Spotting “Badvocates”

“Brands try to inspire excitement among their communities so that their fans and supporters will do the selling for them. That’s called advocacy, and it’s much more powerful than self-promotion. On the flip side, however, are ‘badvocates.'” – Maria Ogneva, head of community at

Ogneva, like many others, understands and appreciates the role that advocates (current customers, fans and/or supporters) play in developing business strategies, efforts toward increasing revenue and the overall success of a company. In the past, companies have not had to consider input from advocates as  much because there was not a medium that enabled free collaboration and discussion among customers. Today, however, social networking platforms (social media) not only enable but encourage such communication among both advocates and “badvocates.”

According to Ogneva, in a post at Mashable, “badvocates” are customers who spread negative comments about a company through various networks, in this case social networks. Therefore, it is important to understand how to spot badvocates to prevent causes of future “badvocacy.”

First, it is important to note that a company does not have to be involved with social media to invite badvocates into discourse surrounding the organization. Negative and/or positive conversations  about a company will occur regardless of whether or not the company is online to participate in the conversations. We suggest assigning someone in your company to monitor dialogue on social media sites – this way, any and all conversation about the company can be caught and responded to in a timely manner. Google Alerts are one good way to monitor online conversations about your company. This tool tracks the occurrence of designated keywords – like your company name – on various Internet sites, including public Twitter accounts, blogs and forums.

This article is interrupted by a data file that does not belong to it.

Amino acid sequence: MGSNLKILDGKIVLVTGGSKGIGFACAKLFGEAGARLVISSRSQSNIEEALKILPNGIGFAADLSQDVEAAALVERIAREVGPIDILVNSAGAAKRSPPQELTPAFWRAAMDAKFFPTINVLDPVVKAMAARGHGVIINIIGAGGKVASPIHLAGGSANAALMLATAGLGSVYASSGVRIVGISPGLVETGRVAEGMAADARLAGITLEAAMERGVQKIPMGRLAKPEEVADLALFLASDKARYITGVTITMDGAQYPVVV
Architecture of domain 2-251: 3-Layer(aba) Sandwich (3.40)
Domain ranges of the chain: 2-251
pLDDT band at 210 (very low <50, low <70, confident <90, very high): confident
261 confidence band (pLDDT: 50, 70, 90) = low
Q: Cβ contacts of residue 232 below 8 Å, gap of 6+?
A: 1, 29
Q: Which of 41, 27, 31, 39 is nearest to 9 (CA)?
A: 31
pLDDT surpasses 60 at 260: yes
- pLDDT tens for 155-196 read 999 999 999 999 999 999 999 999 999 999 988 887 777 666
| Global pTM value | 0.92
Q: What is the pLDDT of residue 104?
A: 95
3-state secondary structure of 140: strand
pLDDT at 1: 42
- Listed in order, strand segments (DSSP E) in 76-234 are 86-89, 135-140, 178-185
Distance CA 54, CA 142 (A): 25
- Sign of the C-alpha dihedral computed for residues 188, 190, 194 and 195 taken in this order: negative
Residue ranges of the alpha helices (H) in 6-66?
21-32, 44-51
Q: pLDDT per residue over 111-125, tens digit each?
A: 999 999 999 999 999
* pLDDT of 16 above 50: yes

Second, in order to locate badvocates, you need to think like a badvocate.

Think like a badvocate: Think about a time when you have been disappointed with a product/service or caught wind of negative press surrounding a company. The first thing you might try to do is contact the company.

Company solution: Review recent complaints received via your website or e-mail to determine if an unhappy customer has already tried to voice his complaint.

Think like a badvocate: If you contact the company and do not receive feedback in a timely manner, you will probably turn to friends and social networks to voice your complaint. The medium of choice for most badvocates is a personal Twitter and/or Facebook account. While there is no way to find or track a badvocate via his/her social networking account, you can rely on the “badvocate network” to publicly spread the negative comment through  sites that can be filtered and tracked.

Company solution: Set up a monitoring account like monitter or WhatTheHashtag to search Twitter accounts, and other similar social networking monitoring tools to quickly and easily keep an eye on what is being said about your company.

Finally, be sure to have a plan in place for addressing badvocates. This will include identifying the problem or source, accounting for – how many people were affected by the negative message, developing and offering a tailored solution to the audiences affected by the negative message, and finally, setting things right with the badvocate and badvocate network. Remember, in cases like this, reaction time is key! The faster the response time, the  more likely a badvocate will be to retract his or her negative comments.

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